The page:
"For a few moments I felt dazed. I was wide awake and in my right and proper senses so far as I could judge, and yet the whole thing seemed incredible. Scared? No, I wasn't conscious of being scared. I was simply bewildered.

"In my mental confusion one thought stood out sharply--Dolly was in danger of some kind, and if the warning was really from a supernatural source, it must not be disregarded. I rushed to the station and, having first wired to my wife not to sail on the Aragon, I found that I could connect with the five-fifteen train for New York. I took it with the comfortable consciousness that my friends would certainly think I had gone out of my mind.

"I arrived in New York at eight o'clock the next morning and at once drove to the hotel where my wife, daughter and brother-in-law were staying. I found them greatly mystified by my telegram. I suppose my explanation was a very lame one. I know I felt decidedly like a fool. Gilbert laughed at me and said I had dreamed the whole thing. Virginia was perplexed, but Dolly accepted the warning unhesitatingly.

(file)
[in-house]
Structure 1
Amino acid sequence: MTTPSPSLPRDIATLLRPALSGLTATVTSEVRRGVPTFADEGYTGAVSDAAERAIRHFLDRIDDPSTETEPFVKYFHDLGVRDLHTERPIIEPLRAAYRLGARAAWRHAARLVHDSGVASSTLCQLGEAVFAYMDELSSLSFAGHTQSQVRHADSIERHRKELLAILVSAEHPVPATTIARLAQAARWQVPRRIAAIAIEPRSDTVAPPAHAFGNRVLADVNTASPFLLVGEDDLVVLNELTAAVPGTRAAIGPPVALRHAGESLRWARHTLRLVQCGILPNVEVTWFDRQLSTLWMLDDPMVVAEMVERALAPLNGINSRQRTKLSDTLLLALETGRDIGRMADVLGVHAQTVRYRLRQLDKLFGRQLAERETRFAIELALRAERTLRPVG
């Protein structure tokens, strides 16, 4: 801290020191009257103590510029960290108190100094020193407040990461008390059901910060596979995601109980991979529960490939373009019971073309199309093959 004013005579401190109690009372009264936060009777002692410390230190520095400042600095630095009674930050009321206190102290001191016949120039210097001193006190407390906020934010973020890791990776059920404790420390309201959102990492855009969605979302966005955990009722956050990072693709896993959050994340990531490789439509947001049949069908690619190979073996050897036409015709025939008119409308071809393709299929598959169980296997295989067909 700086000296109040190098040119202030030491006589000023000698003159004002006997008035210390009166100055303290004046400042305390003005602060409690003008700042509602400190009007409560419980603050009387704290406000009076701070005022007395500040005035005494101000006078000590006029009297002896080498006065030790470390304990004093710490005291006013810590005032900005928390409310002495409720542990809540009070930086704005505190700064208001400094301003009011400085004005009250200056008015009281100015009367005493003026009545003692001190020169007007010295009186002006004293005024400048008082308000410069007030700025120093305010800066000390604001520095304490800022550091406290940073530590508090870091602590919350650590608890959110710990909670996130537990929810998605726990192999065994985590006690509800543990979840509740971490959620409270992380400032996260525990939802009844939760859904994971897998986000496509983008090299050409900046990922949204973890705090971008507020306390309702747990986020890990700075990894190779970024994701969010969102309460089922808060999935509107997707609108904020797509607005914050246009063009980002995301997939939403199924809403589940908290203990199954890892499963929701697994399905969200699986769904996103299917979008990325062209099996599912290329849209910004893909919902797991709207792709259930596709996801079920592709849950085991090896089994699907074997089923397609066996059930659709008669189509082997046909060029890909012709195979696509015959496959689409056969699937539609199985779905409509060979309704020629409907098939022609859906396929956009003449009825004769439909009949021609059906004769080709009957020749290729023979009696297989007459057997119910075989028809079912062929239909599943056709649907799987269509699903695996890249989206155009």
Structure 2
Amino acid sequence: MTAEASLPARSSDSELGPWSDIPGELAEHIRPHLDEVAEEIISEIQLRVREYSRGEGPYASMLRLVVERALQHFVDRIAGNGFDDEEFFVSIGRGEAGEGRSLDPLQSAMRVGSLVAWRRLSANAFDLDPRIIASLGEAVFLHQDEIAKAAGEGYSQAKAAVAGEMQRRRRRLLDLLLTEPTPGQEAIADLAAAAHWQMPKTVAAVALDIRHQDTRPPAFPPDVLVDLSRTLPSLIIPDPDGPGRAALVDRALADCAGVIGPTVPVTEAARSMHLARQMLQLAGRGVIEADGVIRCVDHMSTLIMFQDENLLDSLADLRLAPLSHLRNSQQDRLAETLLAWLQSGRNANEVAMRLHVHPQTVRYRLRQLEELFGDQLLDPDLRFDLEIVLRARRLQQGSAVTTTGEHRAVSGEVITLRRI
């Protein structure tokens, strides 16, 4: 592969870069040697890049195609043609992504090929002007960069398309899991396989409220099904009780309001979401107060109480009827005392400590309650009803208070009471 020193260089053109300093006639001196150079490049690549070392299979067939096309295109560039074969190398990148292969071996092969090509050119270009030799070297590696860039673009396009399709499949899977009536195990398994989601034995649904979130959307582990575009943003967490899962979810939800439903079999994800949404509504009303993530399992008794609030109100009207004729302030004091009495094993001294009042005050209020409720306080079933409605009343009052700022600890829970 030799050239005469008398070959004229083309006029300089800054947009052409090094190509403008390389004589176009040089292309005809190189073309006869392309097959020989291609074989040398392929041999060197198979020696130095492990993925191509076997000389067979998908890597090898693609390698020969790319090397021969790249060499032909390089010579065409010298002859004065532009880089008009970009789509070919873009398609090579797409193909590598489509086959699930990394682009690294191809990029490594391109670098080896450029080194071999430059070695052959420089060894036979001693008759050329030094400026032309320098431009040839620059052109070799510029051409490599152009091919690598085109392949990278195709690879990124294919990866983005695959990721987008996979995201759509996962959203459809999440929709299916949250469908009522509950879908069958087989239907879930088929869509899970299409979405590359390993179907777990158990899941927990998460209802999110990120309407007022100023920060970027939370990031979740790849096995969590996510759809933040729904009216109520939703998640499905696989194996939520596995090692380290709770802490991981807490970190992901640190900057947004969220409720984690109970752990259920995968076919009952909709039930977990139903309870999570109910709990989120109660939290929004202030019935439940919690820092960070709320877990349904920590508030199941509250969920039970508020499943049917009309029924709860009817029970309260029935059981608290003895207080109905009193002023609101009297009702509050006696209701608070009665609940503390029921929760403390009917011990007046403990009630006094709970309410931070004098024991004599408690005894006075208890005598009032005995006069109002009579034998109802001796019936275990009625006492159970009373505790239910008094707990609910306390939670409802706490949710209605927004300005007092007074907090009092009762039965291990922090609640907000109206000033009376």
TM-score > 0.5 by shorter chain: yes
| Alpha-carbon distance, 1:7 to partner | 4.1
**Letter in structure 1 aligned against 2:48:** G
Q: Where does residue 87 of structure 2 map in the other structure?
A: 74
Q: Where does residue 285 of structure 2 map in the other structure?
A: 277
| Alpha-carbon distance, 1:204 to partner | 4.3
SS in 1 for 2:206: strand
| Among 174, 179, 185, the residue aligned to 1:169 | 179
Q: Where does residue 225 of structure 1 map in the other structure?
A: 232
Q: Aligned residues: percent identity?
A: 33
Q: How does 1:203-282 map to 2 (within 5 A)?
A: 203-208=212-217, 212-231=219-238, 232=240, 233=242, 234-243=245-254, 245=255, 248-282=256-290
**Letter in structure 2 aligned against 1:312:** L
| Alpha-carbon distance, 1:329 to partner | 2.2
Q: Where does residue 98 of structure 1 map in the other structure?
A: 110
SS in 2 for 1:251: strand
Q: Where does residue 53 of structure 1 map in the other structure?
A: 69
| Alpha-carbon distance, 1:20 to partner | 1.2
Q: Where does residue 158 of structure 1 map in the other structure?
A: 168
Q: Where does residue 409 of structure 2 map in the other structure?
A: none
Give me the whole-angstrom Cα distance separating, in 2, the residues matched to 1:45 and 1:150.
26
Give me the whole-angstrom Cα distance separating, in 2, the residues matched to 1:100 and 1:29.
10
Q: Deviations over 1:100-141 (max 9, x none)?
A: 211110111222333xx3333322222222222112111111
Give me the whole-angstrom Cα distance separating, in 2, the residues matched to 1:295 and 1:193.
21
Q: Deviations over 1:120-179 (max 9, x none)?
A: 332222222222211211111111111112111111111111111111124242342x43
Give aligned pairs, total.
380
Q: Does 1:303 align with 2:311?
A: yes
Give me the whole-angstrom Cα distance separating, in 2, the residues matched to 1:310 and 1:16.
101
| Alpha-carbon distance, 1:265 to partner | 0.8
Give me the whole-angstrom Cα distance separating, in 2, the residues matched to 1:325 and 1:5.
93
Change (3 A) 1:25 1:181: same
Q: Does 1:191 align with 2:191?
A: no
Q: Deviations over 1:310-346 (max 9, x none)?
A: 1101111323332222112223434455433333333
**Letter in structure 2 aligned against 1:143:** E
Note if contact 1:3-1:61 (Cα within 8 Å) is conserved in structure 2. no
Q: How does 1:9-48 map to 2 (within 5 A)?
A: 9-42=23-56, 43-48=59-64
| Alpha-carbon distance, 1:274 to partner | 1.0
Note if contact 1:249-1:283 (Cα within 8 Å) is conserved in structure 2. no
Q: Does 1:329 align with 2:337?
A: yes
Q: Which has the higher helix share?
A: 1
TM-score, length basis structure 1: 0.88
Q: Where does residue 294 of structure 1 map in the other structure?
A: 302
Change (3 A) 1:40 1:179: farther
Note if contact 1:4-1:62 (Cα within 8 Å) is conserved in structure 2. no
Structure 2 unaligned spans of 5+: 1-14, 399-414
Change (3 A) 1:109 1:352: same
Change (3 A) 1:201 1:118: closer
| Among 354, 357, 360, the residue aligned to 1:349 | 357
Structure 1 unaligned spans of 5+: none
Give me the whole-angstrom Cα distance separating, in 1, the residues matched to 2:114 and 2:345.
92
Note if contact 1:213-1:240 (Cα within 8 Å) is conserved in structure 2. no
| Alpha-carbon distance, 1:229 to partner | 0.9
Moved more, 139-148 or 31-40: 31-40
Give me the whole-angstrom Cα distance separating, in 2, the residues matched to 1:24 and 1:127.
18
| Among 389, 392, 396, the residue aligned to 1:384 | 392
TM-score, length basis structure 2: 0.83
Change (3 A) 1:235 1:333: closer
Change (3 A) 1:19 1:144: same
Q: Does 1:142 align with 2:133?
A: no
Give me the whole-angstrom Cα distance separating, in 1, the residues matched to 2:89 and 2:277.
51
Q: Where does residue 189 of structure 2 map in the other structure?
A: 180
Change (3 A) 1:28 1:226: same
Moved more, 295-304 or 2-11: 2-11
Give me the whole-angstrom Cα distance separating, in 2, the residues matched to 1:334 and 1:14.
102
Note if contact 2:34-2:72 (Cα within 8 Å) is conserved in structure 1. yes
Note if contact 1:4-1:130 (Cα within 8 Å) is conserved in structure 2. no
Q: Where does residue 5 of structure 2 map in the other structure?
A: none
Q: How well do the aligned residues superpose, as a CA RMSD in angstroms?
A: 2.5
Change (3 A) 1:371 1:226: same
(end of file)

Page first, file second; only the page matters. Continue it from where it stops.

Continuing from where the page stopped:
"'Of course it was Uncle Charley,' she said confidently. 'We will not sail on the Aragon now.'

"Gilbert had to give in to this decision with a very bad grace, and the Aragon sailed that day minus three of her intended passengers.

"Well, you've all heard of the historic collision between the Aragon and the Astarte in a fog, and the fearful loss of life it involved. Gilbert didn't laugh when the news came, I assure you. Virginia and Dolly sailed a month later on the Marseilles, and reached the other side in safety. That's all the story, boys--the only experience of the kind I ever had," concluded Davenport.

We had many questions to ask and several theories to advance. Jack said Davenport had dreamed it and that the collision of the Aragon and the Astarte was simply a striking coincidence. But Davenport merely smiled at all our suggestions and, as it cleared up just about three, we told no more ghost stories.